I vs. We In A Healthy Relationship

Marriage Counseling Insights brought to you by California Psychotherapeutic Resources, Inc.

Most people have (or should have) a pretty well-developed sense of self before they enter a romantic relationship. A strong sense of identity and a balanced ego are foundations of personal mental health and well-being. After you enter a relationship, though, your sense of self evolves, whether you often stop to reflect on the change or not.

A happy smiling couple

After a divorce or the death of a partner, people are often struck by the effect of the loss on their personal identity. This often happens because people had not realized just how much their sense of self had evolved. For example, therapists illustrate the point by asking someone to imagine their identity before entering a romantic relationship as a circle — and their partner’s identity as a similar, separate circle. As their relationship develops, the circles begin to overlap one another. This is the development of a sense of identity as a couple. After a divorce or death of a partner, the now lone partner is often struck by another loss: the loss of their identity as a couple.

How much the circles should overlap, so to speak, is a matter that deserves reflection. If you think of the extremes, it’s fair to say that two people in a healthy relationship should not retain two completely separate individual identities without creating a shared identity as a couple. Likewise, it’s fair to say that people should not completely lose their individual identities as individuals.

Which brings up a vital, related question: What’s a healthy balance between independence and interdependence in a relationship? That’s exactly the topic that Leon F. Seltzer, PhD, explores in an article for Psychology Today. Seltzer begins by citing Stephen Covey: “[he] writes about relational dependence (which has also been labeled co-dependence) as one-sided. On the contrary, he discusses interdependence as shared, and this carefully qualified dependency is what he believes two people, especially in the context of an intimate relationship, should aim for. Here each party focuses not only on realizing the full potential of the relationship but, individually, on actualizing their (singular) life purpose.”

“Co-dependence” as a concept is almost intuitively negative. Seltzer articulates that intuitive impression by saying, “When you’re too dependent on your partner, you’re all too willing to change yourself to suit their preferences.  I’ve worked with people who, to avoid antagonizing a partner, literally lost their identity. At times, it does make sense to defer to or accommodate your significant other. But when you end up disowning that which is intrinsic to your personality out of fear that asserting yourself will endanger the relationship, this trade-off will likely hurt you — not to mention leaving you angry, anxious, or depressed.”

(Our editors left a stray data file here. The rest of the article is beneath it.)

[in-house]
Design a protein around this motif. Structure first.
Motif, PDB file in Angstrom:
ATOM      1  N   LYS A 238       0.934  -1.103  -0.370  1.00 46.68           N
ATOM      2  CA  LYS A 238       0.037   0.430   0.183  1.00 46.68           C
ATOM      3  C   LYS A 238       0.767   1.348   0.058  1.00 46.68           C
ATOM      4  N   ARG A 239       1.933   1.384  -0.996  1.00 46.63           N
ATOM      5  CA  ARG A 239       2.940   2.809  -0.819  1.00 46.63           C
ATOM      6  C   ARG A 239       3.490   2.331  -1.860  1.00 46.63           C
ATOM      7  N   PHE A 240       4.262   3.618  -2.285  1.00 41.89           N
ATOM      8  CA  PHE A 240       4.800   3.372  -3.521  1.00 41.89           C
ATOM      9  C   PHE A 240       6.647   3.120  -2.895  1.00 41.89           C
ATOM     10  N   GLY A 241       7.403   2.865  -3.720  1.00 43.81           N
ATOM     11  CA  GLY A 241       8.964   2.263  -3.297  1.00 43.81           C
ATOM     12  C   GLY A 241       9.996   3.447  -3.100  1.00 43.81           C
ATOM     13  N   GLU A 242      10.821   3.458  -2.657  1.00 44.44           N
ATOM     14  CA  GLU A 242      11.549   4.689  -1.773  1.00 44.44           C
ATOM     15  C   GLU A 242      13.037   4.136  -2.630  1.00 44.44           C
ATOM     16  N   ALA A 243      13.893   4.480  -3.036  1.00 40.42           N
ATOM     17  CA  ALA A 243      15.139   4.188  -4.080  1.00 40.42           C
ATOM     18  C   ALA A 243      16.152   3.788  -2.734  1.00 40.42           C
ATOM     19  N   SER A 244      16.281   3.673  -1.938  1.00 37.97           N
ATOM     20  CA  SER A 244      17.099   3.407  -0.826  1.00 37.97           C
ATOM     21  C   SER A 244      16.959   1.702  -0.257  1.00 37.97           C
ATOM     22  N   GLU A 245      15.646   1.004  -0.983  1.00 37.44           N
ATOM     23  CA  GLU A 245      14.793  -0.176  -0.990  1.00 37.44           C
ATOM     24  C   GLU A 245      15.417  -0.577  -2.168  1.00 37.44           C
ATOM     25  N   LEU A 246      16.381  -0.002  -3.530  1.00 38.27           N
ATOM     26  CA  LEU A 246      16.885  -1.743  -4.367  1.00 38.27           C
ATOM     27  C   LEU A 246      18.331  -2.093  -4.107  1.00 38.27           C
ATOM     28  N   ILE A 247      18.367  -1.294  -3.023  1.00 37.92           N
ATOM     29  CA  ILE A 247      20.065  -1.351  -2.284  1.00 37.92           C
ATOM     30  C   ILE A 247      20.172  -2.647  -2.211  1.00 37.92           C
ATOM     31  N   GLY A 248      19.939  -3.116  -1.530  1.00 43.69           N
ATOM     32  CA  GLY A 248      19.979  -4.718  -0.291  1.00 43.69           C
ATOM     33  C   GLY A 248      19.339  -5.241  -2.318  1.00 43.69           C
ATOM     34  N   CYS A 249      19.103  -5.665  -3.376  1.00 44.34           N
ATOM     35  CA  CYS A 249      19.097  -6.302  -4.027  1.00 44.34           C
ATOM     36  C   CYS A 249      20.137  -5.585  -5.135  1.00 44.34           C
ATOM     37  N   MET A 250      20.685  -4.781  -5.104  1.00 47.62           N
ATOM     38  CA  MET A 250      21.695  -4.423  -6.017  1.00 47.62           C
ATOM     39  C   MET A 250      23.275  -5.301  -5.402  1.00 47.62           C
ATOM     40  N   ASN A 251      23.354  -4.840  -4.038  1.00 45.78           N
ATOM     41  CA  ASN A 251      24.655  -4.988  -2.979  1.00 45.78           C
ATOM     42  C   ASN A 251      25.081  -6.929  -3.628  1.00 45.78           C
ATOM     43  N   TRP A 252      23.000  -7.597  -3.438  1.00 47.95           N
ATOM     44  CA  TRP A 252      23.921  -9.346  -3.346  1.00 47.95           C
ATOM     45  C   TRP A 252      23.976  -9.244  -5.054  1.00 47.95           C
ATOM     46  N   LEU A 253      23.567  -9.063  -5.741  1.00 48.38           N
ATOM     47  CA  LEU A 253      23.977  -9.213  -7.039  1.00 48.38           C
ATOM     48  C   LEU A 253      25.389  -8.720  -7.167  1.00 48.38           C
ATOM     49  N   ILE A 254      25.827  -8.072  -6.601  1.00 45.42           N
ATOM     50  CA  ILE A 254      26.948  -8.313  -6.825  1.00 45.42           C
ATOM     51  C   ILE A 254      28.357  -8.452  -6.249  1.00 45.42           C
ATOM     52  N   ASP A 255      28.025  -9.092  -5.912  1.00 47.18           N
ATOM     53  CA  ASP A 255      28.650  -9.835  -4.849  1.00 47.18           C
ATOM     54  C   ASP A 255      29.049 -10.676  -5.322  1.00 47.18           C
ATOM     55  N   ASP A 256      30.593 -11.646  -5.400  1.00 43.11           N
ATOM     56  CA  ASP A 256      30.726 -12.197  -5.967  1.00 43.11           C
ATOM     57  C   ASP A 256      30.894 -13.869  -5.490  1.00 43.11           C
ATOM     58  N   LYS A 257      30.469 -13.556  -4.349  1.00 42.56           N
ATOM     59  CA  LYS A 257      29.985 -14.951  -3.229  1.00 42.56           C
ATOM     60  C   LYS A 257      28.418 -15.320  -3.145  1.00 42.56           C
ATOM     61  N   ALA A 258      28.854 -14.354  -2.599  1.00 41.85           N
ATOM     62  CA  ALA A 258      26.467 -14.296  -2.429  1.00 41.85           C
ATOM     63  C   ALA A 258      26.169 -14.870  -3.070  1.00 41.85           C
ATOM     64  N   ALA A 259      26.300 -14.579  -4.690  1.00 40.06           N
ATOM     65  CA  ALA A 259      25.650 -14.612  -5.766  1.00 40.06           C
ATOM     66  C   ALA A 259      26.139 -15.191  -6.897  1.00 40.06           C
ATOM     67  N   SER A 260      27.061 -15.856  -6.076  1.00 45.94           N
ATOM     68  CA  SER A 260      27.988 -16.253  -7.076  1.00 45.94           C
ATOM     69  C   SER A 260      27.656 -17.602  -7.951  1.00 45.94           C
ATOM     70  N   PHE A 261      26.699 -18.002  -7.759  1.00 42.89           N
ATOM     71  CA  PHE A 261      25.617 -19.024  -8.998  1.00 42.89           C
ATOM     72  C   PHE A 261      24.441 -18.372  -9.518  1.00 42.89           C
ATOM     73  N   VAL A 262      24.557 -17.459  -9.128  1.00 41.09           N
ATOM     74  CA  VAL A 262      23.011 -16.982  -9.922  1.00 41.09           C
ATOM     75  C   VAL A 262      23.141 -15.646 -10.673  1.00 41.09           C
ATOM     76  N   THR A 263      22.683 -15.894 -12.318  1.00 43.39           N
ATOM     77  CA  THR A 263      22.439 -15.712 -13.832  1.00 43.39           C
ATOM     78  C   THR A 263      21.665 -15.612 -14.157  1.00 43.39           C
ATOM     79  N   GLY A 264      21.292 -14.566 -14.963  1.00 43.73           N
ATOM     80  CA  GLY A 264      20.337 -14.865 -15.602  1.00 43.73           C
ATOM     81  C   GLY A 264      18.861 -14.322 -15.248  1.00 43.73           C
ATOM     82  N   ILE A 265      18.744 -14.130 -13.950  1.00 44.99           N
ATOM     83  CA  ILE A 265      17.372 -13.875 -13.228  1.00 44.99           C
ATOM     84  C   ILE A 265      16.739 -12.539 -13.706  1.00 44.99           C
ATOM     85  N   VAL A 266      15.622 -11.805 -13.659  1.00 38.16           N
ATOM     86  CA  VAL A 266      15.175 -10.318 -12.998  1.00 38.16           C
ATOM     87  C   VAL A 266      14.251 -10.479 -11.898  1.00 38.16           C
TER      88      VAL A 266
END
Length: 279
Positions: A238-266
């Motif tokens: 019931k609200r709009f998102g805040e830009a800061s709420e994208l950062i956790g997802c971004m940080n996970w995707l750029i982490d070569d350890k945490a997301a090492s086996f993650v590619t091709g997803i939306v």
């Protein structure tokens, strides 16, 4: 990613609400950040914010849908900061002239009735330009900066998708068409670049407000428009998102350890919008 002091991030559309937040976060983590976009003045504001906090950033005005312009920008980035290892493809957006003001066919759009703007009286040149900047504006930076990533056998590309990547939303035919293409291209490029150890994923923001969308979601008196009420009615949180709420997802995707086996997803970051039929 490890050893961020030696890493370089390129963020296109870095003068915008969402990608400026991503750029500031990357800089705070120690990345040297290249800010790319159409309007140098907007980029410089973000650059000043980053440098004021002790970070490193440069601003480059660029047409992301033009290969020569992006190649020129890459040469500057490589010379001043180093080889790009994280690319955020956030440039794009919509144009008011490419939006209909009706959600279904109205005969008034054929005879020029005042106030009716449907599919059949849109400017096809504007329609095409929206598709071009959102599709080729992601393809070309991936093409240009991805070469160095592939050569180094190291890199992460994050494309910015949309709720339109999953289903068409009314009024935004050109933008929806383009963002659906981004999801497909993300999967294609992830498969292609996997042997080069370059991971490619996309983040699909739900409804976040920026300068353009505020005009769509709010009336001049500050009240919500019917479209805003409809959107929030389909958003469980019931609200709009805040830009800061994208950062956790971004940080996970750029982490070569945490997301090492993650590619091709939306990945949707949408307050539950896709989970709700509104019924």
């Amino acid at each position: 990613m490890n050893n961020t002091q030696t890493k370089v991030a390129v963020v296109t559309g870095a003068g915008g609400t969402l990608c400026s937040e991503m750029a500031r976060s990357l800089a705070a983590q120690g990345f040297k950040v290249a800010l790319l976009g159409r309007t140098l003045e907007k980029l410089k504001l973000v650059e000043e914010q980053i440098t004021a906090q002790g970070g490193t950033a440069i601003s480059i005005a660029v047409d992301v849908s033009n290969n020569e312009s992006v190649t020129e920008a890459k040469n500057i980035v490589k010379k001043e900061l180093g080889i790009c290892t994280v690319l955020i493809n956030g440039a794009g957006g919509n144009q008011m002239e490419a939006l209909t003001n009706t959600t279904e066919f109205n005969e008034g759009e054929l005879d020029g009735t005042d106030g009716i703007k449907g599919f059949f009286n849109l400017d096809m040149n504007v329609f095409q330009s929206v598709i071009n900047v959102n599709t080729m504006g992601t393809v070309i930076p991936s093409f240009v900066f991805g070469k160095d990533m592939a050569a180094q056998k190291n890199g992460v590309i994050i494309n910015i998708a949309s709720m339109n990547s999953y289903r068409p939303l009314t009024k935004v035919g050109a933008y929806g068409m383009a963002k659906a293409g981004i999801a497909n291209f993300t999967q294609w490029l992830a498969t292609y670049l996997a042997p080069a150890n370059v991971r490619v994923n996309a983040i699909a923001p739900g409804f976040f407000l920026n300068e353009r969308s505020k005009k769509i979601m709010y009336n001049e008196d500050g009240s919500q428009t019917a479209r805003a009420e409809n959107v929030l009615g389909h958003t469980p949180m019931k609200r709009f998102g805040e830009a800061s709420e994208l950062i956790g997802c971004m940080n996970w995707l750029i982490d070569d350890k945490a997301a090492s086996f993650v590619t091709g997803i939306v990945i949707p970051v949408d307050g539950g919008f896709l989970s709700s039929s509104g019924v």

On the flip side, completely retaining your independence has its own drawbacks. That’s especially true if the partners are out of sync — if one person is overly dependent while the other is overly independent. “If the dependent person is with someone who’s unhealthily independent,” writes Seltzer, “that individual may be so intent on doing everything for themself that it throws the relationship off-balance. For one thing, it seriously undermines the possibilities for a giving, heartfelt connection between the two.”

One way to reflect on your own relationship is by considering what a healthy balance of dependency and independence might look like. “Healthy dependency” say Seltzer, “in a relational context can be comprehended as allowing yourself — or daring — to be vulnerable with your significant other. That means opening up to them to reveal your most private misgivings, sorrows, doubts, and fears.” And that just might require more courage than many people might imagine.

To complement that dependency, people need to retain a strong sense of self. “[People] also need to stand on their own two feet,” says Seltzer. “This is where safeguarding a substantial part of your pre-commitment independence is crucial if you’re to hold on to yourself, even as you give yourself permission to depend on your partner to address your fundamental dependency needs.”

Obviously, it’s a tough balancing act. But if you reflect long and hard on your own sense of self in a relationship, and invite your partner in on your reflections, you may be delighted with the reward.

Read Seltzer’s full article here.